Illustration: Akila Weerasinghe
Illustration: Akila Weerasinghe

In sickness and in health

How border regions can be central to building a post-pandemic Southasia.

(This article is part of our special series Unmasking Southasia: The pandemic issue. You can read the editorial note to the series here.)

In many ways, the call for the regional revival of the South Asian Association for Regional Cooperation (SAARC) to respond to the COVID-19 pandemic in early 2020 was designed to fail. After all, the geopolitical red tape that followed the creation of the COVID-19 Emergency Fund played to a predictable pattern of gridlocked regionalism, with India and Pakistan at loggerheads about how the funding was to be disbursed. Plagued by chronic trust deficit, weak institutionalisation and stasis, Southasia once again finds itself between a rock and a hard place. This failure raises fundamental questions about how Southasia chooses to engage with questions of benefit sharing, trade-offs and the allocation of risks and burdens within the neighbourhood. But the current moment also marks an inflection point. While the regional project has never appeared more dysfunctional, its raison d'être has never been stronger. And interesting new examples of cross-border collaboration in the fields of public health and disease control offer potential pathways for Southasia to repurpose its regional project in imaginative ways.

Admittedly, a regional project that is already in crisis mode is ill-equipped to deal with the challenge of better regional cooperation. It is perhaps telling that SAARC tends to make news for cancelled summits, with heads of states having met only 18 times since 1985. This has resulted in a crippling policy vacuum that is there as much by default as by design. The top-down formal model that characterises SAARC has held it back from fulfilling its regional mandate. The caricatured image of the region as the least integrated in the world is not without basis. As per a 2018 study by the World Bank, intra-regional trade in Southasia remains at an abysmal 5 percent of the region's total trade. It has also not helped that the bulk of the trade is heavily skewed in India's favour. For instance, according to data released by Nepal's Department of Customs in early 2020, Nepal's trade deficit with India constitutes 60 percent of its overall deficit. Economist Mustafizur Rahman draws attention to the growing concern within Bangladesh about its rising trade deficit with India, which stood at USD 7.35 billion in 2019, with imports from India amounting to USD 8.60 billion, whereas its exports remain at a modest USD 1.25 billion.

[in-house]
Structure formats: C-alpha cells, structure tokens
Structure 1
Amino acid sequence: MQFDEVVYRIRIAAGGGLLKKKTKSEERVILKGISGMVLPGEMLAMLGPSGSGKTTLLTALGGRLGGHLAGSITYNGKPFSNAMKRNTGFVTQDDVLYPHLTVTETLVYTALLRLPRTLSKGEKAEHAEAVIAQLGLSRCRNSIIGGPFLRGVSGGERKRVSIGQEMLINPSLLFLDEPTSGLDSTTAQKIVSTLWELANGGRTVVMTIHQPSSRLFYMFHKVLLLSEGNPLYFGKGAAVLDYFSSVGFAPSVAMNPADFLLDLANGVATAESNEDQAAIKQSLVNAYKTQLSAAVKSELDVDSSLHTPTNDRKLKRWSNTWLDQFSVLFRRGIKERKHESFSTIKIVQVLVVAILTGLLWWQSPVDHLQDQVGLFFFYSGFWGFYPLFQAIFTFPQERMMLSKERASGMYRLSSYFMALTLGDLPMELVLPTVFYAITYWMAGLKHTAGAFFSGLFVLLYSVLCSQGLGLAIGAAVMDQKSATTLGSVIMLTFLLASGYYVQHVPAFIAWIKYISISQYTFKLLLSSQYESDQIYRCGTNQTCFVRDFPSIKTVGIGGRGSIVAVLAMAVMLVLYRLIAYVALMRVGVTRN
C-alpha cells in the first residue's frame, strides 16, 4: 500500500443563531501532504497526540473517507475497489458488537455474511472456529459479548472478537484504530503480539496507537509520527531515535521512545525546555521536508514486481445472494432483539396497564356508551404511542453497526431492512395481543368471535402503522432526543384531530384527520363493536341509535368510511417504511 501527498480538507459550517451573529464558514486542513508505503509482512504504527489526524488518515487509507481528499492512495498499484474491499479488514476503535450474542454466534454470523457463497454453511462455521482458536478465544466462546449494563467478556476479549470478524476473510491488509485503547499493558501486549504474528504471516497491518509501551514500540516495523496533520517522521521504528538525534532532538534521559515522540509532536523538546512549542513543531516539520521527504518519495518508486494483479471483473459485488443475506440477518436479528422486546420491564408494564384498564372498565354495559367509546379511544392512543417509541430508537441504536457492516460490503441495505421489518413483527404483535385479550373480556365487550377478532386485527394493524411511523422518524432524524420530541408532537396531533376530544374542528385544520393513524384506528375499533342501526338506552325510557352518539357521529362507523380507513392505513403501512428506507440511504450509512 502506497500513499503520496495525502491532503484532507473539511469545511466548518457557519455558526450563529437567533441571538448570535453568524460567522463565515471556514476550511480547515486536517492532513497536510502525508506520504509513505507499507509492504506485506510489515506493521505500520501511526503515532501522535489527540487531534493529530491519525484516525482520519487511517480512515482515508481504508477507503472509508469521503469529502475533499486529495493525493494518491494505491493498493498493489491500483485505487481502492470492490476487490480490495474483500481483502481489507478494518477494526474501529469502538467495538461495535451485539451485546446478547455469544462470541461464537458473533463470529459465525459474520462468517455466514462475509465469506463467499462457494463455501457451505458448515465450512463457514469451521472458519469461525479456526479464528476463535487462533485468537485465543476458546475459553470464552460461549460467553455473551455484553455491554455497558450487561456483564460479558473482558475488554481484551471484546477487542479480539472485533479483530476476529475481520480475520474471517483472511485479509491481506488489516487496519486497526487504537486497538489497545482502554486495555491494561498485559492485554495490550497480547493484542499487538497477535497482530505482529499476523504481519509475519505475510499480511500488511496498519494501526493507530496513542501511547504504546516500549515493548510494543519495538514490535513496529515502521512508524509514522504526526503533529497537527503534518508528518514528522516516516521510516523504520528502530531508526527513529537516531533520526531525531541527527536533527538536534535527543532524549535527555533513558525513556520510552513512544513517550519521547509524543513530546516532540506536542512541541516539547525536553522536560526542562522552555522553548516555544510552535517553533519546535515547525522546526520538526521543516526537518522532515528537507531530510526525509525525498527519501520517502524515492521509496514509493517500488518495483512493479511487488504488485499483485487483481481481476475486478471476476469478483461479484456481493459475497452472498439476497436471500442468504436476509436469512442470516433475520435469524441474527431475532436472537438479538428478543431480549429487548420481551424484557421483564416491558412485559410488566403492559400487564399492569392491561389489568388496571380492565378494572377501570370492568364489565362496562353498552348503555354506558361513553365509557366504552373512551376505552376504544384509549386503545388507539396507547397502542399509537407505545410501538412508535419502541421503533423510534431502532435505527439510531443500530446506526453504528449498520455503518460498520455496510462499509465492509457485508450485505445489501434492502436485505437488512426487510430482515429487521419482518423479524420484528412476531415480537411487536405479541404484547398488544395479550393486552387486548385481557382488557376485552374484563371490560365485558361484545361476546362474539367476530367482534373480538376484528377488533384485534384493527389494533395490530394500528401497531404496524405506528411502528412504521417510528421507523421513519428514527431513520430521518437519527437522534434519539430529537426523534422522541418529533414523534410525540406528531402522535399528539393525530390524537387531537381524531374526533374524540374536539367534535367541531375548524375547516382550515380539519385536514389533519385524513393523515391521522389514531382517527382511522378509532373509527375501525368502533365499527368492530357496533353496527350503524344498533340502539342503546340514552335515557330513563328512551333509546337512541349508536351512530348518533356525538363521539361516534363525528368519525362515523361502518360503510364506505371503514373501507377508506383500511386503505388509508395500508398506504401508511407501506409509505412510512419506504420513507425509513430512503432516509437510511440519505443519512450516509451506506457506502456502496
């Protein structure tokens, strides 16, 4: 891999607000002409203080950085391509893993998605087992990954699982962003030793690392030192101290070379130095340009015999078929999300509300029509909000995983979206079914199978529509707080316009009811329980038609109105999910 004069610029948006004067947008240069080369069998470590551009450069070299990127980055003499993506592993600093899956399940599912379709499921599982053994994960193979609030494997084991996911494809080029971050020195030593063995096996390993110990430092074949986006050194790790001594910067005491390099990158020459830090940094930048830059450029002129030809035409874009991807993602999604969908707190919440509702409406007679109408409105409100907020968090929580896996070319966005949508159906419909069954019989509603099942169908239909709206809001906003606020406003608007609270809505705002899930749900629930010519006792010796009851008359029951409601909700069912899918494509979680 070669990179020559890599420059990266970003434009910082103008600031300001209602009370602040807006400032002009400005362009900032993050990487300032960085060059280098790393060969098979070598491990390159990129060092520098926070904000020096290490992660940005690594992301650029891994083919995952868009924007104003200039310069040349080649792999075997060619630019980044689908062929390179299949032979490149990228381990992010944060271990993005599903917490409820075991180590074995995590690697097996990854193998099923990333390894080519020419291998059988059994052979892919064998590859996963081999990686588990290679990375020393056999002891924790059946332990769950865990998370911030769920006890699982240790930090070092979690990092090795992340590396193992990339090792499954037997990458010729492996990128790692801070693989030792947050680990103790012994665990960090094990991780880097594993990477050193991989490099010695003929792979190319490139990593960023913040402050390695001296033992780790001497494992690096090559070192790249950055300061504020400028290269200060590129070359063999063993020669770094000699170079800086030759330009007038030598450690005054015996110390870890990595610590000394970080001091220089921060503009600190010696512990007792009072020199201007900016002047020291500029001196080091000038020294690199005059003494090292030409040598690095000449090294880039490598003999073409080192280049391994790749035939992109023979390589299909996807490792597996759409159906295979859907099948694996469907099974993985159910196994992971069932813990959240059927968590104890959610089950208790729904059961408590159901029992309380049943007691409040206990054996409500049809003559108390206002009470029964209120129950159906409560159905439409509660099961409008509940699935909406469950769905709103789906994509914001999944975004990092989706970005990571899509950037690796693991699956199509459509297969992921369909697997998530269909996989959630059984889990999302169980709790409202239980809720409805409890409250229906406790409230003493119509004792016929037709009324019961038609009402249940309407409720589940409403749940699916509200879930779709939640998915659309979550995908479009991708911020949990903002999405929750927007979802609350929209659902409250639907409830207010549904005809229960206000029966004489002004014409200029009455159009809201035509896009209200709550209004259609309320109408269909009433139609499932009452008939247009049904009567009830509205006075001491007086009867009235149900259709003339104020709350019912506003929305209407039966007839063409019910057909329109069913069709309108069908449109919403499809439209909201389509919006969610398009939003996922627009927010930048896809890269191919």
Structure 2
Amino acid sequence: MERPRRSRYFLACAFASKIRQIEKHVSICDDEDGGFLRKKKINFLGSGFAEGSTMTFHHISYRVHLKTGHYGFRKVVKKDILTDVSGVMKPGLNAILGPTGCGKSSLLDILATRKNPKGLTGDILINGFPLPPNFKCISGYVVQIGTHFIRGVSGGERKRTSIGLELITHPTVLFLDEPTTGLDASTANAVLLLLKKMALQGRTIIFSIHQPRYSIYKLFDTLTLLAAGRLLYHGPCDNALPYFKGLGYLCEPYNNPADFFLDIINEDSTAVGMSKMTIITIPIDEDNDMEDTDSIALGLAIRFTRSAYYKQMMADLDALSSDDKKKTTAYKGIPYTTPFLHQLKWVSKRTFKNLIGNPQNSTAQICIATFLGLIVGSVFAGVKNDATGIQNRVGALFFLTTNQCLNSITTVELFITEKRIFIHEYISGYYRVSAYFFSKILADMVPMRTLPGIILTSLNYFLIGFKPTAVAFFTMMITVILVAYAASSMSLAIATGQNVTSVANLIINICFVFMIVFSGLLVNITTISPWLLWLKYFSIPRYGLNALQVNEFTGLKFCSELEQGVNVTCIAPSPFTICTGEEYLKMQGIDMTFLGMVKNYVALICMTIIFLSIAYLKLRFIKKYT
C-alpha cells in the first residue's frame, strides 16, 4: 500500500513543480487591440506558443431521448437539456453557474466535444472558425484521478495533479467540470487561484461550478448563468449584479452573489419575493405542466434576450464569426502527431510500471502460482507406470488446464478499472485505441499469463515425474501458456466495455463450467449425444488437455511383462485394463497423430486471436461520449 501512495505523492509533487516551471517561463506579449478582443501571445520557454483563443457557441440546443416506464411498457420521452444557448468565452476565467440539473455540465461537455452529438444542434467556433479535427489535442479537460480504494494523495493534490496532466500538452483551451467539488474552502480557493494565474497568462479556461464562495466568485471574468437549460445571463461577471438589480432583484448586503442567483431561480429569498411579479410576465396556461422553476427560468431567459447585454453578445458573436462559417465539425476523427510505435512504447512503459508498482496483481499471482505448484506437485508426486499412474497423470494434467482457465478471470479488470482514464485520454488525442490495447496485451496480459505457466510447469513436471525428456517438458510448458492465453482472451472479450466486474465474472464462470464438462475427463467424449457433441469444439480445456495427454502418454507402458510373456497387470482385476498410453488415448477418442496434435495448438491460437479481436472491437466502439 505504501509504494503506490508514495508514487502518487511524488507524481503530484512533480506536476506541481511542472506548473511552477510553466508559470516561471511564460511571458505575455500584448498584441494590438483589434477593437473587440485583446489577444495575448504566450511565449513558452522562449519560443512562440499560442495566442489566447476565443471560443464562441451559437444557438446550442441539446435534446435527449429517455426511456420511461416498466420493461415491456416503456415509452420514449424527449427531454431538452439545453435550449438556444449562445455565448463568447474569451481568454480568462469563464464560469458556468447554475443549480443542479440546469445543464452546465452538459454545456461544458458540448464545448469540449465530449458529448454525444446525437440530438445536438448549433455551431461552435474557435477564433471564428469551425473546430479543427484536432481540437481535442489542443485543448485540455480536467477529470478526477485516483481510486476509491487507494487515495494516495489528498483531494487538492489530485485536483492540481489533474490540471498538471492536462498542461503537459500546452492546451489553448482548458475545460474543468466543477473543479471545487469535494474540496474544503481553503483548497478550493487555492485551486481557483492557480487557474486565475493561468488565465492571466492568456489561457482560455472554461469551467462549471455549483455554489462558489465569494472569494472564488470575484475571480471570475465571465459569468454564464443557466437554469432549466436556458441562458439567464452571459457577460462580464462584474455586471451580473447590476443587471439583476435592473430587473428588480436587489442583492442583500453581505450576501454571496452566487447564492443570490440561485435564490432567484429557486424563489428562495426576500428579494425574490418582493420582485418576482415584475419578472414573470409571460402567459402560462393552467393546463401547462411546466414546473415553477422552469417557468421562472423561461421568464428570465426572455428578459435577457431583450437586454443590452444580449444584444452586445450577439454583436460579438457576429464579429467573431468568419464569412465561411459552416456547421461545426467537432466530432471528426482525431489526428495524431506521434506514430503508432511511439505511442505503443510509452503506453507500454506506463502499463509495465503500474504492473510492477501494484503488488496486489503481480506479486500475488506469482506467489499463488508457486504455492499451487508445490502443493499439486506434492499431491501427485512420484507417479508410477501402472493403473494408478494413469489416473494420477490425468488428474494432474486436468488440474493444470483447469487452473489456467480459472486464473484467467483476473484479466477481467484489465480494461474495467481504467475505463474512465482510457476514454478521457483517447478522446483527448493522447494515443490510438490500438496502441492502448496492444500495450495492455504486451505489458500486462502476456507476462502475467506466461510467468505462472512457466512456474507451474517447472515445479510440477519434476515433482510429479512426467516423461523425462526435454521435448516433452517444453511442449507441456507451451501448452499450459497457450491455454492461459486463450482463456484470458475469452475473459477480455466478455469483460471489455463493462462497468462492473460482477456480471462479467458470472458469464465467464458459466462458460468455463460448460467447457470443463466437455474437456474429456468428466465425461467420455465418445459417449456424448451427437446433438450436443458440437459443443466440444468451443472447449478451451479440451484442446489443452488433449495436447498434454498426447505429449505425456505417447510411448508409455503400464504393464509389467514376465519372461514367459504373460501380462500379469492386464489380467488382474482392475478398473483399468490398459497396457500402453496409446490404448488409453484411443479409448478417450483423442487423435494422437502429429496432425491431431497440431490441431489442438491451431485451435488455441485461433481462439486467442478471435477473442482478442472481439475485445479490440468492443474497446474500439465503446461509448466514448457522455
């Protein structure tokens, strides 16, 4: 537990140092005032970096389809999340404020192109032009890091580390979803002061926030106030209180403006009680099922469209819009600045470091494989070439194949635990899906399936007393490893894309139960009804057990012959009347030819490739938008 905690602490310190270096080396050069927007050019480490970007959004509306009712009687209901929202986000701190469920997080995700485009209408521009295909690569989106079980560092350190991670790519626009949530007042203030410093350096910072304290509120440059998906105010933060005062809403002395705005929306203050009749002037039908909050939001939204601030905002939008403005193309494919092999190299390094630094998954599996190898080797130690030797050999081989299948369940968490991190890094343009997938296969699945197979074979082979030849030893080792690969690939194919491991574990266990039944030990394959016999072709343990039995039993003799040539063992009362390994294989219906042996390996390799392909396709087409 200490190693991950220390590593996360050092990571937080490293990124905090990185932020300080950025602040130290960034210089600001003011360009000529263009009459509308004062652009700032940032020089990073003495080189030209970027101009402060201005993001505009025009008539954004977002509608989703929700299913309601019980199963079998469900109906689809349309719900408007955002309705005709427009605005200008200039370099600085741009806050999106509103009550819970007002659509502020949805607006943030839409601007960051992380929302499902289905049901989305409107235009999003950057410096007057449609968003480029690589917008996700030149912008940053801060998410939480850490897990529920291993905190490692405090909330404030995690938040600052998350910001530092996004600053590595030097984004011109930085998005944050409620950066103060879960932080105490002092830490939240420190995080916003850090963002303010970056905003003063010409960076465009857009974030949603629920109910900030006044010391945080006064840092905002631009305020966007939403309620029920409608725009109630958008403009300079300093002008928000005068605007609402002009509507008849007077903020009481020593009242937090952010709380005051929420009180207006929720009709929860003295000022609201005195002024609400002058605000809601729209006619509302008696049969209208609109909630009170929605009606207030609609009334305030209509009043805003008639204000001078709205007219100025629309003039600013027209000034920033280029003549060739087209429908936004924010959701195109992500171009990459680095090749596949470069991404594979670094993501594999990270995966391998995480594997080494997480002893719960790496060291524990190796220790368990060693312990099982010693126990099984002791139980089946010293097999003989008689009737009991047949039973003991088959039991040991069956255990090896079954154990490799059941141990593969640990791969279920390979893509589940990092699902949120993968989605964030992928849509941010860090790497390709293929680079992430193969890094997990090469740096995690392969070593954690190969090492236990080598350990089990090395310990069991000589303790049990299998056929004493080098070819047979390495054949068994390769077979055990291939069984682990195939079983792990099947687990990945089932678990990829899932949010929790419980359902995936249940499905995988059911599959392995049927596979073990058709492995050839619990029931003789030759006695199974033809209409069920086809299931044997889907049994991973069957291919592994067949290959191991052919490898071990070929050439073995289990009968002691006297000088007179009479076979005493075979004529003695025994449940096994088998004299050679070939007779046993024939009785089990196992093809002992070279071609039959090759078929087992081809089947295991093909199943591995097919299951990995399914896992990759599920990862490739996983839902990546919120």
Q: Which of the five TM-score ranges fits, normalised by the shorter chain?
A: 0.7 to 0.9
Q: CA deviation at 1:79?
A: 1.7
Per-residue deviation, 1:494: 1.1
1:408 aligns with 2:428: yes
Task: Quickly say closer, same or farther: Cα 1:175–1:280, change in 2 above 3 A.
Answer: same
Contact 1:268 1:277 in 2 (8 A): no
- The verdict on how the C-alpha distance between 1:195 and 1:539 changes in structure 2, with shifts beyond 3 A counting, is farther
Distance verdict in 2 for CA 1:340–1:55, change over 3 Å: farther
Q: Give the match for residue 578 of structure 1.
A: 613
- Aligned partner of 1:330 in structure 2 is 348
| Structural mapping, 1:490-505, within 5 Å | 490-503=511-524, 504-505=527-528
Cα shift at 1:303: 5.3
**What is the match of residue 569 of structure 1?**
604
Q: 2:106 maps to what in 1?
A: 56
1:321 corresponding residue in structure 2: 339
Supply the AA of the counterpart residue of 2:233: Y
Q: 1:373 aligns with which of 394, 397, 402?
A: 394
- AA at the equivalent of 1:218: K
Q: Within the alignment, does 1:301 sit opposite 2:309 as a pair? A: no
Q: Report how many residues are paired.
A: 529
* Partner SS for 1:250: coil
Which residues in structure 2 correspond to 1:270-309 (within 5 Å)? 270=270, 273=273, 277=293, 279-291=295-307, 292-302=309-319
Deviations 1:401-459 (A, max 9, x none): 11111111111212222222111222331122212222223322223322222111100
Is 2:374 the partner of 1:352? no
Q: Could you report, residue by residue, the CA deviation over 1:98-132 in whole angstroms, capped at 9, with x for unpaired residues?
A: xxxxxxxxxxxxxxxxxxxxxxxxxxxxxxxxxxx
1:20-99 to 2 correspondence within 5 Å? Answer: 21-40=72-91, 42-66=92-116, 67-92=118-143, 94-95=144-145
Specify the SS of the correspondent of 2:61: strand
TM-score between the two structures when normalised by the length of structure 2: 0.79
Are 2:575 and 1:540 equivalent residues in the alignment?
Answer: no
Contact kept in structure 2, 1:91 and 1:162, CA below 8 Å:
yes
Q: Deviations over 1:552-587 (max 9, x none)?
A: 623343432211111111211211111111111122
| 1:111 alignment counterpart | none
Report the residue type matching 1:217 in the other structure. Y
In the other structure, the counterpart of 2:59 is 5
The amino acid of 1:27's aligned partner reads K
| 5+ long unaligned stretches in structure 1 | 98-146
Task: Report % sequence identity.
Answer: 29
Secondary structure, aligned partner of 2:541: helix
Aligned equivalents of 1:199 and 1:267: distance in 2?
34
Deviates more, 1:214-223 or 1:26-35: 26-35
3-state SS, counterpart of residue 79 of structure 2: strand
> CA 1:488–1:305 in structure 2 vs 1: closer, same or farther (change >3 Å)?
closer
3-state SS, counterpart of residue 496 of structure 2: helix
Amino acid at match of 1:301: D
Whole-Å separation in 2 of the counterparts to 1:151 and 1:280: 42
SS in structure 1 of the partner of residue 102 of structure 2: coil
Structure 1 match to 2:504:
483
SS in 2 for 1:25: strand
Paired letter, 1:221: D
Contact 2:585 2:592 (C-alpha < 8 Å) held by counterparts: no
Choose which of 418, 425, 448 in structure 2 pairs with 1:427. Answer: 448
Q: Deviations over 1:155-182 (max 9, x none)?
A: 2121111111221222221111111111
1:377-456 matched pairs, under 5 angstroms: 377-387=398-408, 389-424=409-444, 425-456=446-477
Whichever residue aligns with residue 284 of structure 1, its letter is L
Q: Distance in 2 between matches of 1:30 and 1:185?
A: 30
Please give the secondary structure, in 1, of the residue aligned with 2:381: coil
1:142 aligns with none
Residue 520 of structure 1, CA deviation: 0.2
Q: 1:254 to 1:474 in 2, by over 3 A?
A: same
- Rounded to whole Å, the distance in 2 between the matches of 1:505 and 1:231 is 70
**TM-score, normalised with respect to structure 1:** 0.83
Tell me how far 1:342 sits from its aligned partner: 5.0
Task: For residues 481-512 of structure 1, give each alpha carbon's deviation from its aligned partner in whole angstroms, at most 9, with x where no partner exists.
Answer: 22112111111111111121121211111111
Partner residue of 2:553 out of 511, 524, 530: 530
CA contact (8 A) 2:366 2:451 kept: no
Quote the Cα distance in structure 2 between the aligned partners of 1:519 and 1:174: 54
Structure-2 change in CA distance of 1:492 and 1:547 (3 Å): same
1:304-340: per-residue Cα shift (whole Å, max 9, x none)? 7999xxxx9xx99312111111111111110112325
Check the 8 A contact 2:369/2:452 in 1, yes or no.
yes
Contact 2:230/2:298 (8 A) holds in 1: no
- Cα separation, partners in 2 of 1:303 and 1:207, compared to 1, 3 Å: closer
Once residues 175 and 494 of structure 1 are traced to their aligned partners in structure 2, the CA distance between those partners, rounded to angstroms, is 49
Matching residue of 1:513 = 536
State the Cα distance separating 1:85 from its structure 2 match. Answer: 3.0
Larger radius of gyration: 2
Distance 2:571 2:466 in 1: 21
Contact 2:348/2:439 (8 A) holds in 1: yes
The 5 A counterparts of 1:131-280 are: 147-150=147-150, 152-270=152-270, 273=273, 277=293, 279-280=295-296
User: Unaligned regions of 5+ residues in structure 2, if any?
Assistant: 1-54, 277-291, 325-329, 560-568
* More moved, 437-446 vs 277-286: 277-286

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Himal Southasian